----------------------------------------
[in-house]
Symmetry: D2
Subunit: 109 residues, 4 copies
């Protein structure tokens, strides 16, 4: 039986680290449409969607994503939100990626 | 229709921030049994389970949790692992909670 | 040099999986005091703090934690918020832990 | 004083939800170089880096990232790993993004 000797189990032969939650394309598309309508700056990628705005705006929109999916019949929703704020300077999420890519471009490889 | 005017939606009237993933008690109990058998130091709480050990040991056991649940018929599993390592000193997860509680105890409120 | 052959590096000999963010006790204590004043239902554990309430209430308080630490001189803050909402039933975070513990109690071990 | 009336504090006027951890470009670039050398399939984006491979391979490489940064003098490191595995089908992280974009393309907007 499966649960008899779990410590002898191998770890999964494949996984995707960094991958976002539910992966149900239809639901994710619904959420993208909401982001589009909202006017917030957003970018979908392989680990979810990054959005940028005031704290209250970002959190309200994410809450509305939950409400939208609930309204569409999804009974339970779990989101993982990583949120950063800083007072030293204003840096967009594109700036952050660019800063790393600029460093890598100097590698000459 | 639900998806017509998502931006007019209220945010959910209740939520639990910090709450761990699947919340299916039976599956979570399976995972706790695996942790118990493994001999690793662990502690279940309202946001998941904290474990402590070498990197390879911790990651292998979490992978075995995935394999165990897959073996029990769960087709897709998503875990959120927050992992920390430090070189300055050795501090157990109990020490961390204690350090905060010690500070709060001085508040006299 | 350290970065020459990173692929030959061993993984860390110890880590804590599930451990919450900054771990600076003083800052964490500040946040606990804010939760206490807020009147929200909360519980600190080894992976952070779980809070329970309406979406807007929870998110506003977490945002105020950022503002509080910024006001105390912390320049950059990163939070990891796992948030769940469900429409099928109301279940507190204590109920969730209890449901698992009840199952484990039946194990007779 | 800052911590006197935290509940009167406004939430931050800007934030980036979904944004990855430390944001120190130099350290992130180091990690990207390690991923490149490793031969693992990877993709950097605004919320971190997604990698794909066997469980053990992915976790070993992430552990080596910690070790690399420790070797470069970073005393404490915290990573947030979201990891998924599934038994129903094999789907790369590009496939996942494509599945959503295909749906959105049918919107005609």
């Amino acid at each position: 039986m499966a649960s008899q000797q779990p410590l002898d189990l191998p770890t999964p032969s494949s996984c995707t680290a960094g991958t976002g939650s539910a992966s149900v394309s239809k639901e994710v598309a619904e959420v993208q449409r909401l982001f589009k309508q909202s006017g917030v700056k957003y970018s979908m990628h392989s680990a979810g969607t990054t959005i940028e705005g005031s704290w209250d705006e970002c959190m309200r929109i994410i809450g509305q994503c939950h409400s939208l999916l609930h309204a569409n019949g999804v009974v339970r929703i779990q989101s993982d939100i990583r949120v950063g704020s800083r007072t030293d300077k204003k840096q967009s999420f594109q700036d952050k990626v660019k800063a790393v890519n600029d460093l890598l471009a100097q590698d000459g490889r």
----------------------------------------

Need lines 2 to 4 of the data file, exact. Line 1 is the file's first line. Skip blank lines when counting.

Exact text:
Symmetry: D2
Subunit: 109 residues, 4 copies
């Protein structure tokens, strides 16, 4: 039986680290449409969607994503939100990626 | 229709921030049994389970949790692992909670 | 040099999986005091703090934690918020832990 | 004083939800170089880096990232790993993004 000797189990032969939650394309598309309508700056990628705005705006929109999916019949929703704020300077999420890519471009490889 | 005017939606009237993933008690109990058998130091709480050990040991056991649940018929599993390592000193997860509680105890409120 | 052959590096000999963010006790204590004043239902554990309430209430308080630490001189803050909402039933975070513990109690071990 | 009336504090006027951890470009670039050398399939984006491979391979490489940064003098490191595995089908992280974009393309907007 499966649960008899779990410590002898191998770890999964494949996984995707960094991958976002539910992966149900239809639901994710619904959420993208909401982001589009909202006017917030957003970018979908392989680990979810990054959005940028005031704290209250970002959190309200994410809450509305939950409400939208609930309204569409999804009974339970779990989101993982990583949120950063800083007072030293204003840096967009594109700036952050660019800063790393600029460093890598100097590698000459 | 639900998806017509998502931006007019209220945010959910209740939520639990910090709450761990699947919340299916039976599956979570399976995972706790695996942790118990493994001999690793662990502690279940309202946001998941904290474990402590070498990197390879911790990651292998979490992978075995995935394999165990897959073996029990769960087709897709998503875990959120927050992992920390430090070189300055050795501090157990109990020490961390204690350090905060010690500070709060001085508040006299 | 350290970065020459990173692929030959061993993984860390110890880590804590599930451990919450900054771990600076003083800052964490500040946040606990804010939760206490807020009147929200909360519980600190080894992976952070779980809070329970309406979406807007929870998110506003977490945002105020950022503002509080910024006001105390912390320049950059990163939070990891796992948030769940469900429409099928109301279940507190204590109920969730209890449901698992009840199952484990039946194990007779 | 800052911590006197935290509940009167406004939430931050800007934030980036979904944004990855430390944001120190130099350290992130180091990690990207390690991923490149490793031969693992990877993709950097605004919320971190997604990698794909066997469980053990992915976790070993992430552990080596910690070790690399420790070797470069970073005393404490915290990573947030979201990891998924599934038994129903094999789907790369590009496939996942494509599945959503295909749906959105049918919107005609």